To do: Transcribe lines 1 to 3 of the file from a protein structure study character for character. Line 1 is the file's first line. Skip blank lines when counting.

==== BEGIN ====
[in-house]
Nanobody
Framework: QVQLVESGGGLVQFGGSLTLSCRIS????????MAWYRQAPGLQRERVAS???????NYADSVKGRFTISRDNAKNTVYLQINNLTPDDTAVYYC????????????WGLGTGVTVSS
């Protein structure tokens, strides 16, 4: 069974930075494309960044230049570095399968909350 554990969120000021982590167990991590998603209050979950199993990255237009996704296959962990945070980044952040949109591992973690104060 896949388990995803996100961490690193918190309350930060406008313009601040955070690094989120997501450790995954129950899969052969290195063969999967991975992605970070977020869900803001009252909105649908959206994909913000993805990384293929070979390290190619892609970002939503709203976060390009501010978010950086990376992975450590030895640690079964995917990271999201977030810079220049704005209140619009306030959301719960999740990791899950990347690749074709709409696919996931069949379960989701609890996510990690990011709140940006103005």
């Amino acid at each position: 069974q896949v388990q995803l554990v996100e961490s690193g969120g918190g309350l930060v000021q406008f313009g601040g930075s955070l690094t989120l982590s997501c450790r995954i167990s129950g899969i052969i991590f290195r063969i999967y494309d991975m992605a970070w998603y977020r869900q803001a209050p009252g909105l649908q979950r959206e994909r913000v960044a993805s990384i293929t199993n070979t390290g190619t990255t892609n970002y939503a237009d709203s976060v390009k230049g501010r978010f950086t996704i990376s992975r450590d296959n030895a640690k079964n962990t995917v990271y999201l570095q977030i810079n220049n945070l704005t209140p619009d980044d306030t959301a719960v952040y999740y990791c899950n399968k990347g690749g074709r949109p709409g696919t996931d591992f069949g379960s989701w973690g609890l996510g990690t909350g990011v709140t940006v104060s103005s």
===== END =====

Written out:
[in-house]
Nanobody
Framework: QVQLVESGGGLVQFGGSLTLSCRIS????????MAWYRQAPGLQRERVAS???????NYADSVKGRFTISRDNAKNTVYLQINNLTPDDTAVYYC????????????WGLGTGVTVSS